Research@StAndrews
 
The University of St Andrews

Research@StAndrews:FullText >
University of St Andrews Research >
University of St Andrews Research >
University of St Andrews Research >

Please use this identifier to cite or link to this item: http://hdl.handle.net/10023/3243
This item has been viewed 18 times in the last year. View Statistics

Files in This Item:

File Description SizeFormat
Jaeger_et_al_Neuropsychologia_2012_Developmental.pdf904.6 kBAdobe PDFView/Open
Title: Prefrontal cortex contributions to controlled memory judgment : fMRI evidence from adolescents and young adults
Authors: Jaeger, Antonio
Selmeczy, Diana
O'Connor, Akira Robert
Diaz, Michael
Dobbins, Ian
Keywords: Adolescence
Cueing
Development
Memory
Recognition
BF Psychology
Issue Date: Dec-2012
Citation: Jaeger , A , Selmeczy , D , O'Connor , A R , Diaz , M & Dobbins , I 2012 , ' Prefrontal cortex contributions to controlled memory judgment : fMRI evidence from adolescents and young adults ' Neuropsychologia , vol 50 , no. 14 , pp. 3745-3756 .
Abstract: Cortical regions supporting cognitive control and memory judgment are structurally immature in adolescents. Here we studied adolescents (13-15 y.o.) and young adults (20-22 y.o.) using a recognition memory paradigm that modulates cognitive control demands through cues that probabilistically forecast memory probe status. Behaviorally, adolescence was associated with quicker responding in the presence of invalid cues compared to young adulthood. FMRI data demonstrated that while both groups increasingly activated posterior dorsolateral prefrontal (dlPFC), midline, and lateral parietal regions for invalidly compared to validly cued trials, this differential invalid cueing response ended sooner in adolescents, consistent with their generally quicker responding on cued trials. Critically, dlPFC also demonstrated reversed brain-behavior associations across the groups. Increased mean dlPFC activation during invalid cueing was linked to improved performance in young adults, whereas increases within adolescents were linked to impaired performance. Resting state connectivity analysis revealed greater connectivity between dlPFC and episodic retrieval linked regions in young adults relative to adolescents. These data demonstrate that the functional interpretation of dlPFC activation hinges on its physical maturation and suggest that the pattern of behavioral and neural response in adolescents reflects different functional integration of cognitive control and memory systems.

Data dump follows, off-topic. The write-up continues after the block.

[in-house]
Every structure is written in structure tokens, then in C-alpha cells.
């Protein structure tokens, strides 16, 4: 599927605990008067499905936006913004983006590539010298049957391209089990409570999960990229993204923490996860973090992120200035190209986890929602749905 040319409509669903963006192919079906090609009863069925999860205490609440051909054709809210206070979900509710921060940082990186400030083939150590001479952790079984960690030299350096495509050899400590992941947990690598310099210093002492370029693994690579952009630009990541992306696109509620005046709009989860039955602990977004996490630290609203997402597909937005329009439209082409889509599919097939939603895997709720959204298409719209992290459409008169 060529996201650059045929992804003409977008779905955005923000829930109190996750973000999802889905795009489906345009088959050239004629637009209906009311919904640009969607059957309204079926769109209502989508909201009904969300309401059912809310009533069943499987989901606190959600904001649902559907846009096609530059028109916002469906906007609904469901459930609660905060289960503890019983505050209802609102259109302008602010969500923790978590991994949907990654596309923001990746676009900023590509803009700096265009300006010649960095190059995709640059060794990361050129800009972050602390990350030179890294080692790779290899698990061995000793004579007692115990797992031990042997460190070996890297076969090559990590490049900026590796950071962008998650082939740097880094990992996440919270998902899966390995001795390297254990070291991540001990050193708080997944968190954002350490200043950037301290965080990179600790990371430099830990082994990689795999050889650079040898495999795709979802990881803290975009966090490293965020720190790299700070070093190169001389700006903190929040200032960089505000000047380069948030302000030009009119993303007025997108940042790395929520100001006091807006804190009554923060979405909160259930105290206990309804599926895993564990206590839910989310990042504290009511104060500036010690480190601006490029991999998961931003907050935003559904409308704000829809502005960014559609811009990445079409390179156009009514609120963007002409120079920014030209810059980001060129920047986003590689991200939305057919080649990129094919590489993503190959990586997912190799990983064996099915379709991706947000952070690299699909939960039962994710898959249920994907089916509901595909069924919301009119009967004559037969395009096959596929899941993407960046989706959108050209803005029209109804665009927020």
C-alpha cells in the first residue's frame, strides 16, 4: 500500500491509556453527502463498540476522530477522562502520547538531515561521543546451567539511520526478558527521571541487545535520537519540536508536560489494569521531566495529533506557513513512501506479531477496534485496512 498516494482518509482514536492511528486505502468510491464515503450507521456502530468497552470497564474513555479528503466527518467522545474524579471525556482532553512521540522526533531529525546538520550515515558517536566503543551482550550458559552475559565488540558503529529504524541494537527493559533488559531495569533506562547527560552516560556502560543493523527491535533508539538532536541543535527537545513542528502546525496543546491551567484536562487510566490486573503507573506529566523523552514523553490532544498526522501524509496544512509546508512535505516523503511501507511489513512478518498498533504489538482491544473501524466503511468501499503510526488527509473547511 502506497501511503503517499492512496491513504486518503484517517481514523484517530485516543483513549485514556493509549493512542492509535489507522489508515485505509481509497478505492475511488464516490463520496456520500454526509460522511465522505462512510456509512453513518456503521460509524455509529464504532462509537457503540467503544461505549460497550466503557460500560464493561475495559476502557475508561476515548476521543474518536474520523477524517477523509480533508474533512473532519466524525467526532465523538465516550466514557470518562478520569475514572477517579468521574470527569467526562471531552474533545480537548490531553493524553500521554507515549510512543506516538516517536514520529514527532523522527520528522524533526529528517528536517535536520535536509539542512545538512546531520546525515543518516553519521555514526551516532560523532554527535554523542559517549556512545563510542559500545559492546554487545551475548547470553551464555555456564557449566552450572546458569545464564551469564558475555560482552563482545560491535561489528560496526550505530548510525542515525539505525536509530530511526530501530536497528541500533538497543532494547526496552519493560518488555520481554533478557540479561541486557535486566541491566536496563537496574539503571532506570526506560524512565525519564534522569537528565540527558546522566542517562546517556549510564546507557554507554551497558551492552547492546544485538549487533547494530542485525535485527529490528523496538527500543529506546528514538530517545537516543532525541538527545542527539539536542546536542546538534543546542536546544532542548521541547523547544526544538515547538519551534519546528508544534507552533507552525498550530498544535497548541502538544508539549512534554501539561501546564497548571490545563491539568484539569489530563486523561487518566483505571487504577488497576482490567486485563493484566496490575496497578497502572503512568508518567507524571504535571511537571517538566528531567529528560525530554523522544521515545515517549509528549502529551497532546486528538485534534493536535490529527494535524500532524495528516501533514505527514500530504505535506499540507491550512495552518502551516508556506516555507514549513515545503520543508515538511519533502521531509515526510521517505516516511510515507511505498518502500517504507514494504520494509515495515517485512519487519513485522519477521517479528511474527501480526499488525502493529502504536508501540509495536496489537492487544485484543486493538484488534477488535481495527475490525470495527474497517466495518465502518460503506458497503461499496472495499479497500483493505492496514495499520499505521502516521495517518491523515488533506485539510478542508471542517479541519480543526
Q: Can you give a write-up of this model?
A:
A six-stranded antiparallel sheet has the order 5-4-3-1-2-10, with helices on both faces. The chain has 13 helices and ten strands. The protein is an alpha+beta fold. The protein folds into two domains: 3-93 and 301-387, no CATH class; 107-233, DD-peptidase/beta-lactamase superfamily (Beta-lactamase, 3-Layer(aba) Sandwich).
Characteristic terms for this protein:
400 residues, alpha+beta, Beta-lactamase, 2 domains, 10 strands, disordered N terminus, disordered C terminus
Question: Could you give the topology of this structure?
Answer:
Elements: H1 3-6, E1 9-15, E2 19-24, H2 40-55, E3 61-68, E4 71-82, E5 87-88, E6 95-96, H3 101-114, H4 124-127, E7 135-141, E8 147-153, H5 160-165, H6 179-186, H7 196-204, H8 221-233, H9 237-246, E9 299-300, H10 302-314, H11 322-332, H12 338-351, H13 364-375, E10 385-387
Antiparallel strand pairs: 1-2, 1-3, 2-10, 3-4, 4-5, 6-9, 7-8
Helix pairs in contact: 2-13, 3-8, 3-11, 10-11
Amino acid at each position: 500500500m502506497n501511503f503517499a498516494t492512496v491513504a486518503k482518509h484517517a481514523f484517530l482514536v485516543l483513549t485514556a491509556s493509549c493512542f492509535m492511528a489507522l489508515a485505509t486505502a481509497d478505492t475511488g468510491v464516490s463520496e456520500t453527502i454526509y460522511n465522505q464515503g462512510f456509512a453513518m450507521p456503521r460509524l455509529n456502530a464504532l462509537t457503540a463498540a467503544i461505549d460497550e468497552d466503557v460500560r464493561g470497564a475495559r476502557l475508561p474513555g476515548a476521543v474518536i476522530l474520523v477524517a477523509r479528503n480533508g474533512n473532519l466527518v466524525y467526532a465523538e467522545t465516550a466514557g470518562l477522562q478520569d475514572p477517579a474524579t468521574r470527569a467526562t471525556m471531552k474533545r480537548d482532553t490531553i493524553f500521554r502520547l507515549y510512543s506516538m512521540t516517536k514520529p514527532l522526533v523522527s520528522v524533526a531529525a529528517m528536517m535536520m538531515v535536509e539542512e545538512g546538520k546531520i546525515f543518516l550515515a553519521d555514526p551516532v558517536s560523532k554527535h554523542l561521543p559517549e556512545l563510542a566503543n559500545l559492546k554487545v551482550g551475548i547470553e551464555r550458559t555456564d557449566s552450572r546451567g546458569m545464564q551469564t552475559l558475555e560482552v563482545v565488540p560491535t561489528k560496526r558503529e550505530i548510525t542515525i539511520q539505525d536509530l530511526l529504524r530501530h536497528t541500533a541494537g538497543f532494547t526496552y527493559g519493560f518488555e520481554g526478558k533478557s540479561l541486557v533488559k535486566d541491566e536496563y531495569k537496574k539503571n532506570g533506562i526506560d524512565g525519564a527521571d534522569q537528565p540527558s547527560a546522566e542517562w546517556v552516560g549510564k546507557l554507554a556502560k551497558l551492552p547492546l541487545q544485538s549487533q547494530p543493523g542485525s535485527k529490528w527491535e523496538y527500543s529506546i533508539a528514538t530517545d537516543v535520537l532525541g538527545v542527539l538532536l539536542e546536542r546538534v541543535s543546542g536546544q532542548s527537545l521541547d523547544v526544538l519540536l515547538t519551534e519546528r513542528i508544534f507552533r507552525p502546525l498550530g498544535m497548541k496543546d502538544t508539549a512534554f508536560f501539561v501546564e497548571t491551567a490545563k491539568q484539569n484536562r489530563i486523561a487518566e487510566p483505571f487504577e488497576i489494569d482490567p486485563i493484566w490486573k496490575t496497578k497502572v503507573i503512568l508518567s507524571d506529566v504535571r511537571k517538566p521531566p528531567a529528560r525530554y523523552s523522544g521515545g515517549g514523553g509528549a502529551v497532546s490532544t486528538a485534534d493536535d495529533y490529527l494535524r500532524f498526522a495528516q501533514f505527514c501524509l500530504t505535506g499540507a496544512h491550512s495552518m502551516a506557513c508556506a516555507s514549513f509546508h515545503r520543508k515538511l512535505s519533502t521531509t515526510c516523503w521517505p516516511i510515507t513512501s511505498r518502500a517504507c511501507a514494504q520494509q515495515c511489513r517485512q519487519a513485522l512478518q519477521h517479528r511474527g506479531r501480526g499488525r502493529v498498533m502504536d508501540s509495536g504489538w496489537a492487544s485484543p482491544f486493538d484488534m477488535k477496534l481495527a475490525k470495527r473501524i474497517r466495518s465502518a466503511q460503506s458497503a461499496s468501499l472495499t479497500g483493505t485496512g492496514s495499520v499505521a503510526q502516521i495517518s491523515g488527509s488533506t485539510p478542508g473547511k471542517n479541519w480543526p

Version: Postprint
Status: Peer reviewed
URI: http://hdl.handle.net/10023/3243
DOI: http://dx.doi.org/10.1016/j.neuropsychologia.2012.10.022
ISSN: 0028-3932
Type: Journal article
Rights: This is an author version of this work. The published version (c) 2012 Elsevier Ltd is available from http://www.sciencedirect.com
Appears in Collections:Psychology & Neuroscience Research
University of St Andrews Research



This item is protected by original copyright

Items in DSpace are protected by copyright, with all rights reserved, unless otherwise indicated.

 

DSpace Software Copyright © 2002-2012  Duraspace - Feedback
For help contact: Digital-Repository@st-andrews.ac.uk | Copyright for this page belongs to St Andrews University Library | Terms and Conditions (Cookies)